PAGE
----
Hugh was mopping the floor when Olivia got into work, clutching her thermos of coffee. He was on the far end of the room and clearly didn’t hear her walk in as he sang along absently to the radio.
“Good morning!” she called as she walked in.
He stopped, then turned and smiled at her. “Hey!”
The warmth in his smile caught her off guard for a second. After her breakdown last week, she’d thought he might want to take a step back and maybe get some distance from her. She knew they were friends, but she also knew that having your boss sobbing in your arms might turn anyone off.
But if anything, he seemed happier to see her and spend time with her.
And sure, the feeling was mutual and sure, she could never act on it since it would be completely unprofessional. But she could still enjoy the company. She deserved that, at least.
“How was last night?” Olivia asked, pulling off her coat.
Hugh rolled his eyes, leaning against his mop. “Bret’s new manager…” he started, then let out a low whistle.
“Not awful, I guess?” Hugh said. “But he’s got a whole lot of confidence for someone who can’t even operate the fryolator.”
“Again?” Now Olivia was rolling her eyes. “I have left him detailed instructions every single time he’s here. It’s a fryolator. You turn it on, you put food in it, you take the food out. It’s not that hard.”
He raised his eyebrows meaningfully, and she laughed. “Sorry to leave you with him,” she said.
“You’re allowed to have nights off,” Hugh said with a shrug. “I’ll live with a lesser manager for a few hours.”
Her cheeks got warm, and Hugh laughed.
“So, any word from your friend yet?” he asked.
Olivia shook her head. “No,” she said, the warm glow fading just a little. “I heard from the center that he’s doing well, but I haven’t actually talked to him yet. He might not call, they told me not to take it personally if he doesn’t.”
“That’s good at least,” Hugh said.
He set the mop into the bucket. “I’m going to go do the kitchen,” he said. “Heads up, he didn’t do a great job cleaning it and I realized it as we were on our way out last night. Oh, and there’re some messages for you in the book. Something about food costs and a couple of customer complaints last night.”
Olivia sighed as Hugh started wheeling the mop bucket away. It was fine, whatever. It wasn’t like she could really bring herself to care. She could read the notes, solve the problems someone else had created, and then spend the afternoon fantasizing about the autumn line of drinks she would serve in her imaginary coffee shop. Where nobody would ruin the kitchen on her night off.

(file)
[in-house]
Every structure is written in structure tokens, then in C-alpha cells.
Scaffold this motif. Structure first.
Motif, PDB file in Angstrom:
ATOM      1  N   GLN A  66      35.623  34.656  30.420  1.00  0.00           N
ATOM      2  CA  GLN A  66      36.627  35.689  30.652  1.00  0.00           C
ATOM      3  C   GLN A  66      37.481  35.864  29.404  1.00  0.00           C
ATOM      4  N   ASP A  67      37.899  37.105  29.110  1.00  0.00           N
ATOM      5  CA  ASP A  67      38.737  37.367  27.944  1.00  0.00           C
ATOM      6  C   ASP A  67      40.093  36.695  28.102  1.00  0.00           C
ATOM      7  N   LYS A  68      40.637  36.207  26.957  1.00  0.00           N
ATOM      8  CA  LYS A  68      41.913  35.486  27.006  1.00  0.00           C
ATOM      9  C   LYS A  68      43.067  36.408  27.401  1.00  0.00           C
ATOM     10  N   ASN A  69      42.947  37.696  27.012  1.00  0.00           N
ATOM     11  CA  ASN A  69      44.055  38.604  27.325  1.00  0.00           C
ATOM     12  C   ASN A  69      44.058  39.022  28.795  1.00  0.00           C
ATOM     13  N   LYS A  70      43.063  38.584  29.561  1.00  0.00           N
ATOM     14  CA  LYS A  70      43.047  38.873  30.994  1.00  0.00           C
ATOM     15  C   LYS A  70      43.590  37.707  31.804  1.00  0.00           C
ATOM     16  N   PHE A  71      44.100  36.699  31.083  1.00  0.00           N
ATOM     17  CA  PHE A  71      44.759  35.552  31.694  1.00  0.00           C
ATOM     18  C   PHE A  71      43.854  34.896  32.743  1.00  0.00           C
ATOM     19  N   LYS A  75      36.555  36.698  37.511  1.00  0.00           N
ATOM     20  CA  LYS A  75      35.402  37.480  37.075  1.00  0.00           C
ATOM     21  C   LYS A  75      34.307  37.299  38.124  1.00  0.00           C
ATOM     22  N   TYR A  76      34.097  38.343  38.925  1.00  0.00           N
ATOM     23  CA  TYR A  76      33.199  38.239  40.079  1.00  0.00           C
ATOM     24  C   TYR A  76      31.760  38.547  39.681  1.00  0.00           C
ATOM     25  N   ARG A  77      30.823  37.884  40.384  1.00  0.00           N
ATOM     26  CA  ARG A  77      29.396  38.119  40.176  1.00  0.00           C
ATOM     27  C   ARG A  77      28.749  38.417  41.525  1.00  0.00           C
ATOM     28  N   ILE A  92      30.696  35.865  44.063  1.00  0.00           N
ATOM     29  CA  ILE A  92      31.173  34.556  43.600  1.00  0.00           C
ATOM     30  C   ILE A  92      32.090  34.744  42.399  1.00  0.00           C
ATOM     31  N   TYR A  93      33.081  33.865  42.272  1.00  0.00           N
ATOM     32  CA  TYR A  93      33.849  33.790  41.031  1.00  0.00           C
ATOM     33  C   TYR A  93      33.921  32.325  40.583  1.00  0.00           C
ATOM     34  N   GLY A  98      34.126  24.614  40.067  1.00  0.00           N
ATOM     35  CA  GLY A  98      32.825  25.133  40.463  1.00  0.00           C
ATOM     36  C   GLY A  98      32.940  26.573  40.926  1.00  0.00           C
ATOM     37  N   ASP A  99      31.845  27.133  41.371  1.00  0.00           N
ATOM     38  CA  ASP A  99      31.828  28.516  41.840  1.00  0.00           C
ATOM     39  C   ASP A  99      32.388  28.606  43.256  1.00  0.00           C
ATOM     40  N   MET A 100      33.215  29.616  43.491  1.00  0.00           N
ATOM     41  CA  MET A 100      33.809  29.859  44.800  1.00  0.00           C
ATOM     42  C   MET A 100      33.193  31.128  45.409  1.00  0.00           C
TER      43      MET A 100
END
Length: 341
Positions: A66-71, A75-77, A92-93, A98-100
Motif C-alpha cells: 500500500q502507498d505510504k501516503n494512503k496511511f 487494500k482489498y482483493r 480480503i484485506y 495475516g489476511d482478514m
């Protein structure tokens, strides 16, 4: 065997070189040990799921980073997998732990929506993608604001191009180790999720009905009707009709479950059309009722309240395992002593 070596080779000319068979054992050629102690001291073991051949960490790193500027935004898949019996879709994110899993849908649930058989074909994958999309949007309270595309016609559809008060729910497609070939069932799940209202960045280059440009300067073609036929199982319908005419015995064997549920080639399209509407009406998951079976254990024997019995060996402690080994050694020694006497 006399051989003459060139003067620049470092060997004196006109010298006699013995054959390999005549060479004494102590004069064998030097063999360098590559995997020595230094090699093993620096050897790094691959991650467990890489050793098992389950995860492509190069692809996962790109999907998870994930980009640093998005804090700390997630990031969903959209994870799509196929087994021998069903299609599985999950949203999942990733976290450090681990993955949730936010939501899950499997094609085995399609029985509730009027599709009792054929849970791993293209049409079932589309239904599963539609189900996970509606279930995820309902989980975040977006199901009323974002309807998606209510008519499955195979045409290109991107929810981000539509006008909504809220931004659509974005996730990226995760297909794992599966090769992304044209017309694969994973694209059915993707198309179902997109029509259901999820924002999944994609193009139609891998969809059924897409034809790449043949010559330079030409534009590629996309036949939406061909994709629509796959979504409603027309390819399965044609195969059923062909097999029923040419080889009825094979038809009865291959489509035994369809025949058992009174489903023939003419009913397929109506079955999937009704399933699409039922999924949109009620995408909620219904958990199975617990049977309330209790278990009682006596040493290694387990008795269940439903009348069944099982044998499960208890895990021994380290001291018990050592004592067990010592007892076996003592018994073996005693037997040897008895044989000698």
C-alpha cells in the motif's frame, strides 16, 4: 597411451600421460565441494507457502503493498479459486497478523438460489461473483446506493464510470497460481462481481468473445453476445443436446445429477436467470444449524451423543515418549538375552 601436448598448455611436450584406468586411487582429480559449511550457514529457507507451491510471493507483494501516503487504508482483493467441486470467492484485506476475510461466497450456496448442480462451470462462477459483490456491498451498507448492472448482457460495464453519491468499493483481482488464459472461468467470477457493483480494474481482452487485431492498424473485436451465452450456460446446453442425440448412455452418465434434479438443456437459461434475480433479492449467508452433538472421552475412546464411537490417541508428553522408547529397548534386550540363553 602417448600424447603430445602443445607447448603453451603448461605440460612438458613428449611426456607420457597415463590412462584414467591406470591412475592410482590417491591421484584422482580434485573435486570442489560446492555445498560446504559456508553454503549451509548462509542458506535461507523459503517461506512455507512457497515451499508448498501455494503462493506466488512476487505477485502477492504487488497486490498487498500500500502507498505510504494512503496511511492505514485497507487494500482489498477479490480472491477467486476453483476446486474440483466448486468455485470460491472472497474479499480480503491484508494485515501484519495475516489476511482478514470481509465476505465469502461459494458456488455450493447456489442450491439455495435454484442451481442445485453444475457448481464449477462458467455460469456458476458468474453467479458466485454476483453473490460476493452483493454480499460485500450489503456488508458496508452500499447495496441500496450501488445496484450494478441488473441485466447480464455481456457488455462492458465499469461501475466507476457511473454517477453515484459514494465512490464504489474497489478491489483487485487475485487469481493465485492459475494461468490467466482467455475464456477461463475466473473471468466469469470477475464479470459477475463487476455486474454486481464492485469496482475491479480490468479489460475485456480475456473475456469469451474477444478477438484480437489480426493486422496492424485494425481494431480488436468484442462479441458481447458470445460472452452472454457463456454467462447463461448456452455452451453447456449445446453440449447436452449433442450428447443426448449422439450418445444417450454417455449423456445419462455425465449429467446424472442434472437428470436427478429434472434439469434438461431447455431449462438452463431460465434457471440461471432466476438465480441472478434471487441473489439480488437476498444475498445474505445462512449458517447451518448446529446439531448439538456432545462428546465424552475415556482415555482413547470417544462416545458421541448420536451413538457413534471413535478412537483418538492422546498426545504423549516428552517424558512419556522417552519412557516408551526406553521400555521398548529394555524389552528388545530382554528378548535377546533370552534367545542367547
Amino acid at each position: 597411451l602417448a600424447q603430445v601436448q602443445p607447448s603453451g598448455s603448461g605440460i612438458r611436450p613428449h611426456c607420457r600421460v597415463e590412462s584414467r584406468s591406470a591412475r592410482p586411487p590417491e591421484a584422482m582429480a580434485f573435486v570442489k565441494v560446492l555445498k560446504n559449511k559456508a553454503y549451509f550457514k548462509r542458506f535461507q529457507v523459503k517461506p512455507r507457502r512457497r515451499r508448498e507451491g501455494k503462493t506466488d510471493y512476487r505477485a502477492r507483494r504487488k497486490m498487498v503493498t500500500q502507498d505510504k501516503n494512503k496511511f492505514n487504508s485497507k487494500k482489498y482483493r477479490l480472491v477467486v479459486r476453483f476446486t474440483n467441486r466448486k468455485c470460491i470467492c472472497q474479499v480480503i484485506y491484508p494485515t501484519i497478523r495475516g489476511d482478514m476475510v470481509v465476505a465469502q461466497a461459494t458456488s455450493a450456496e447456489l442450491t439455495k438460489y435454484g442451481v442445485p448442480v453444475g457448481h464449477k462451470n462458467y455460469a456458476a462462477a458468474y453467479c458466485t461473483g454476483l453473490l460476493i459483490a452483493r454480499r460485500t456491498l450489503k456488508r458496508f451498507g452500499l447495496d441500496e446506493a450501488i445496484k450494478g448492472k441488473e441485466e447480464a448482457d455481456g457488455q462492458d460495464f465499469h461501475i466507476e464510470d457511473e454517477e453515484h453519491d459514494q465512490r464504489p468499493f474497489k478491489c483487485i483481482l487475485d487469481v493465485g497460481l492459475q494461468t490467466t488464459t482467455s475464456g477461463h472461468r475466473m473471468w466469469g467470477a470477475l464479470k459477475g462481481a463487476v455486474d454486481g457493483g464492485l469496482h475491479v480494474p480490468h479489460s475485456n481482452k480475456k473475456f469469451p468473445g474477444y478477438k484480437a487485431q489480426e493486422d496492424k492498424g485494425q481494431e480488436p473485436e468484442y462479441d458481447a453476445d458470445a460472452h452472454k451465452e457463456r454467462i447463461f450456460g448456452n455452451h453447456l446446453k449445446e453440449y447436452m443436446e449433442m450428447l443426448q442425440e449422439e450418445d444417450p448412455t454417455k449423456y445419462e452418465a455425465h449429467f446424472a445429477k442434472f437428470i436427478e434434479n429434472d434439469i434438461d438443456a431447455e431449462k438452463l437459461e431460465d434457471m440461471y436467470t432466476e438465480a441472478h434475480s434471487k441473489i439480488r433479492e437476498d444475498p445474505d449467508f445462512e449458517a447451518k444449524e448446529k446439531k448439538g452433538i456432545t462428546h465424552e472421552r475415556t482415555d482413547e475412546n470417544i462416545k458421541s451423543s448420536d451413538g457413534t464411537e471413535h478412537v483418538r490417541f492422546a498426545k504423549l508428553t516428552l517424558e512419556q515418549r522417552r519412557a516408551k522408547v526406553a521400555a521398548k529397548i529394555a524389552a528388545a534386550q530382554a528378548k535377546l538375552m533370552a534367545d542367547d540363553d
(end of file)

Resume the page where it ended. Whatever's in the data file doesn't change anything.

He couldn’t tell what was rain and what was ocean at this point. The storm was raging, walls of water pounding into him, filling his lungs faster than he could cough it out. Lightning flashed constantly in the billowing clouds above the ship, flicking around the mast but never quite making contact. He heard it crackle and waited for the moment it would strike. But for now, his feet were firmly on deck as the frigid water kept coming, wave after wave coursing over the bucking ship.
The roar of the surf drowned out the voices of the men around him, but he could see the mouth of one man beside him begin to move. A man, but no more than a boy, really. They locked eyes and he could almost make out the words the boy was saying, but then a wave slammed into him with the force of a train and everything was gone.
Noah’s eyes flew open and he took in a sharp breath, still smelling the salt air and ozone for a split second as he woke up. He lay quietly for a moment, breathing in and out as he stared at the bottom of the bunk above him.
“You okay, Kelly?” came a voice from the top bunk.
“Yeah,” he said, voice hoarse. “Yeah, I’m good.”
The answer seemed to satisfy McMann, whose blankets rustled for a few seconds as he settled back in to sleep. Noah carefully sat up, hunched over in the low bunk, and reached over to the bedside table for his watch. Six-thirty in the morning. He still had an hour until he had to be up and he wasn’t going back to sleep. So he could either lay here a little longer and think about the myriad ways he’d ruined his own life, or he could get up, take a shower, and go for a walk outside in the early morning air.
This week it was a little easier to decide. He stood up, stretched, picked up his clothes from where they were folded on the table, and headed to the bathroom to start the day.